“Coming through!” I holler. “Get your rod up, I can’t stop him!” I barrel from the bow of the boat to the stern, slipping under my buddy Nick Roberts as
“Coming through!” I holler. “Get your rod up, I can’t stop him!”
I barrel from the bow of the boat to the stern, slipping under my buddy Nick Roberts as his own fly rod bends toward the horizon. “I can’t help you, man!” he says with a laugh. “I’m a little tied up here!”
We’re a mile outside the sandy hook of Cape Lookout, with the whitecaps of the area’s feared shoals stitching the horizon to the east, but it’s the foam of showering bait and slashing fish that holds our attention. Gulls and terns squawk and dive toward the water. Silverside minnows explode from the surface by the hundreds. Shark fins knife through the chop and slop. In the midst of the melee — the cause for this bedlam, as a matter of fact — are schools of false albacore, churning the surface as they crash through schools of baitfish.
False albacore look like tuna and act like tuna and fight like tuna — but pocket-size tuna, say eight or 10 or 15 pounds each. They are incredibly strong and unbelievably fun to catch, and North Carolina’s Cape Lookout region is home to some of the best fly-fishing for false albacore on the planet.
My fish takes another run, and because it’s so strong and so fast that I can’t do anything but hold on, I hold on and take a good look around. The ocean is alive — dolphins porpoising, spinner sharks spinning, elegant gannets dropping from the sky like feathered missiles.
At this very moment, there’s no place I’d rather be. I’m lucky to travel a lot, and I’ve done that for a very long time, writing about the outdoors and conservation. But when the false albacore show up off the Carteret County coast, I put down roots, and my door hinges get a workout. Friends from near and far join the fish and birds and whales. In November, they all come to me.
• • •
I am often asked, of all the places I’ve been, where do I wish most to return? I smile at the question, and tell my inquisitors that they might be disappointed in my answer, but I’ve thought about this many times. And I give it to them straight.
I wish for a month at home in November. The entire month in my native North Carolina, without leaving its borders. I want to watch the last of the autumn leaves fall from the trees, revealing bare woods where you can read the past in rocky bluffs. I want to spend mornings in a tree stand, watching bucks chase does, maybe a bobcat stretching out on a sunny log. I want to see the first mallard flights winging down into the swamps and be there when the redfish turn the breaking surf into copper waves.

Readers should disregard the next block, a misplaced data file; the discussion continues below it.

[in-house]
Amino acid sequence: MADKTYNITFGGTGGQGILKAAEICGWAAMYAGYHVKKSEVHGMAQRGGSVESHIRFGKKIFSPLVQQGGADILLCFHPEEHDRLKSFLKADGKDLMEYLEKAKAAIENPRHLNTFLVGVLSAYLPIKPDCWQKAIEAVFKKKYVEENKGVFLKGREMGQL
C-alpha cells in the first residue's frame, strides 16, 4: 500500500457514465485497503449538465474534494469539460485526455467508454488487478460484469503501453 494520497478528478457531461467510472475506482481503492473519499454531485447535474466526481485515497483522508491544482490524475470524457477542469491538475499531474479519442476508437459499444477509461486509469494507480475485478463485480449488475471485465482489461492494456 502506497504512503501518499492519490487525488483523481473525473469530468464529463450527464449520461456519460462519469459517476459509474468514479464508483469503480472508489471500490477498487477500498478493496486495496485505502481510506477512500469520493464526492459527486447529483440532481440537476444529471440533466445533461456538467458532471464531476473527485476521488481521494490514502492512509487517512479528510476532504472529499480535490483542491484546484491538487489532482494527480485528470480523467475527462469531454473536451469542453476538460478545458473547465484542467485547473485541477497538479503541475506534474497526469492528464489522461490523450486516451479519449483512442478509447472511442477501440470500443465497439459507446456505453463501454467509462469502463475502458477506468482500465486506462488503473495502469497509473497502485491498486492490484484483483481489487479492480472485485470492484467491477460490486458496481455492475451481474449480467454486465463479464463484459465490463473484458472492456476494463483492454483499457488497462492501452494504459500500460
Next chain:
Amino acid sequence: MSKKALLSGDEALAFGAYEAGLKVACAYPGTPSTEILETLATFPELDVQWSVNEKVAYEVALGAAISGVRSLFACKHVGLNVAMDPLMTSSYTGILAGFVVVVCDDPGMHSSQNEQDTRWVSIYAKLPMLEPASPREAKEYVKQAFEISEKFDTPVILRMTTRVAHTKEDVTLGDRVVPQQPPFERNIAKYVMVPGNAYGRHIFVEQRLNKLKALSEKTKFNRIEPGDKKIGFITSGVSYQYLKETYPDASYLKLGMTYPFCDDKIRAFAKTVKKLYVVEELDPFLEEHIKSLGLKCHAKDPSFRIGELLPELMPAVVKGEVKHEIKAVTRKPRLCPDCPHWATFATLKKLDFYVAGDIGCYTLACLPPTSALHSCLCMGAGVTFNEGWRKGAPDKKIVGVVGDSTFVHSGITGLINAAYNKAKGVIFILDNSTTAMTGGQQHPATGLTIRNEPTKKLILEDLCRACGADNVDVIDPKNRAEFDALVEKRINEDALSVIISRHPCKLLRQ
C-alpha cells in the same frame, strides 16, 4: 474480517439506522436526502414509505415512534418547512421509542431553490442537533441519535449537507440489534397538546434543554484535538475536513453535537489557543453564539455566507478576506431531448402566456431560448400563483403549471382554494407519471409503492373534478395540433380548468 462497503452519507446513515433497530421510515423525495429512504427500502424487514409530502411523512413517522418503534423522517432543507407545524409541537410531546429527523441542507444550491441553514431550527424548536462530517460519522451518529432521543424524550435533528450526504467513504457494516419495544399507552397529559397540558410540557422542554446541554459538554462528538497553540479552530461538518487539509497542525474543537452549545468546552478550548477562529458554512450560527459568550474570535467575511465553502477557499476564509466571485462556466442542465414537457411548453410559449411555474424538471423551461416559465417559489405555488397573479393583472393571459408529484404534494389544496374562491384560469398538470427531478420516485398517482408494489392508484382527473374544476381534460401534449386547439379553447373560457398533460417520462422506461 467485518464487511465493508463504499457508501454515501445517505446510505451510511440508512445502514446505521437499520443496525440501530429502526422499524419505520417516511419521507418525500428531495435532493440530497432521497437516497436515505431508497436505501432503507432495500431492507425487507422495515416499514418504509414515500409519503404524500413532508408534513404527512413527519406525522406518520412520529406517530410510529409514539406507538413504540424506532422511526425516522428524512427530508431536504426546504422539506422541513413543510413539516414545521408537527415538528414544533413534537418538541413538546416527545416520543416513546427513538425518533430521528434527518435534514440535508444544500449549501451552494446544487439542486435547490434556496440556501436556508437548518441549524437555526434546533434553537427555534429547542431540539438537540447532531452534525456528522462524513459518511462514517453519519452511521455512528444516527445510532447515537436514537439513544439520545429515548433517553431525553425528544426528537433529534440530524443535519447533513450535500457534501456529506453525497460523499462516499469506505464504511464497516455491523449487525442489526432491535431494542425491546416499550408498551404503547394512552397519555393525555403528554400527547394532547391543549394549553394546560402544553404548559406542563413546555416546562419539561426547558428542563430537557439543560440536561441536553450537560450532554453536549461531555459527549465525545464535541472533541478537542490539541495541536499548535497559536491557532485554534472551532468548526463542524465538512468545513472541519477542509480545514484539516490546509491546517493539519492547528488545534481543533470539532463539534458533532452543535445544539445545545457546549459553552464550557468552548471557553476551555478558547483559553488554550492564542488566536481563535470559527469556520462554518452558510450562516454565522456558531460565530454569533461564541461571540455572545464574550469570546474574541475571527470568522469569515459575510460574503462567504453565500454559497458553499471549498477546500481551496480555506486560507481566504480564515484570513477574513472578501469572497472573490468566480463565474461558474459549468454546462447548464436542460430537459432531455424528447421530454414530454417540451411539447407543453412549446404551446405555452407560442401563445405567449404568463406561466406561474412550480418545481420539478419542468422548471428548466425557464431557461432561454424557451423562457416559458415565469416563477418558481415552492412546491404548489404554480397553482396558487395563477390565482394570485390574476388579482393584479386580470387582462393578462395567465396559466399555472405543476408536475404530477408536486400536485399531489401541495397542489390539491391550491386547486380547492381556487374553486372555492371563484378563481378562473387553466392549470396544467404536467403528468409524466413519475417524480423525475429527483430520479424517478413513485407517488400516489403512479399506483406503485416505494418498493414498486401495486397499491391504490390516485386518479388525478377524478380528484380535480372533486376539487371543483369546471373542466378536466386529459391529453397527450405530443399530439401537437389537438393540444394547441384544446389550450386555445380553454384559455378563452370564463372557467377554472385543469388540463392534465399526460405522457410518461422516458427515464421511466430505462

To me, November seems the season when the natural world is most alive. There’s no time to lose — for wildlife, it means stocking up and getting where you’re going. And you don’t have to be a mile off the North Carolina beach, or even a few steps off the sidewalk, to see the show. Just sit on the back deck with a cup of coffee in your hand and look up at the hawks riding the first thermals of the morning’s migration and the squirrels zipping around in the backyard, stashing nuts. Even they know it’s time to quit monkeying around. Aesop’s fiddling, lazy grasshopper is no fan of November.
Despite all of this, November is a month that’s gotten a bit of a bad reputation. The peak of fall leaf color has passed. The days grow ever shorter. There’s the happy exclamation point of Thanksgiving at the end, but that’s celebrated with a bacchanalia of gustatory bliss, not necessarily wonder at the natural world. “Bundle up, you’ll catch a cold!” we tell our kids, as if a blast of crisp boreal air is ridden with pestilence. We bellyache about the end of daylight saving time and stock up on special light-therapy lamps to stave off the coming winter blues.
To be honest, I blame poets for this run of negative publicity, at least in part. Too many autumnal poets are mired in mortal fear of this month, underscoring the dead and the dying, the sleeping and the senescent. Too often is November lamented in a “music of decline,” in the words of one. Peruse the poetry of November, and you read of:
Naked, silent trees
The faded leaf
The sovereign sun at noonday smileth cold,
As through a shroud he hath no power to part
Jiminy Cricket and cry me a pumpkin-spice river. Mark me down on a different team.
I say we need to get a few poets down here in the Kingdom of Cackalacky when the brook trout are spawning under Grandfather’s noggin, their bellies the color of a campfire flame. We need a few modern rhymesters to ruminate on the many ways a wood duck can twist through the swamp trees. We need to plunk a few poets down on a Hatteras beach when the blues are running, and a hundred gannets are dropping from the sky toward thousands of mullet, and there are whales beyond the breakers and low clouds of sea ducks skimming the offshore swells, and you wish you had 10 eyeballs strung around your forehead like an add-a-bead necklace because you don’t want to miss a thing, because these things don’t last.
I say more poets need to go surf fishing during a North Carolina November. Or deer hunting. Or swamp paddling. Watch as the world comes winging through and swimming along and putting down roots for the winter in North Carolina. Put a few poets on the deck of my boat when the false albacore are off the Cape Lookout coast, and they’d sing a different November tune.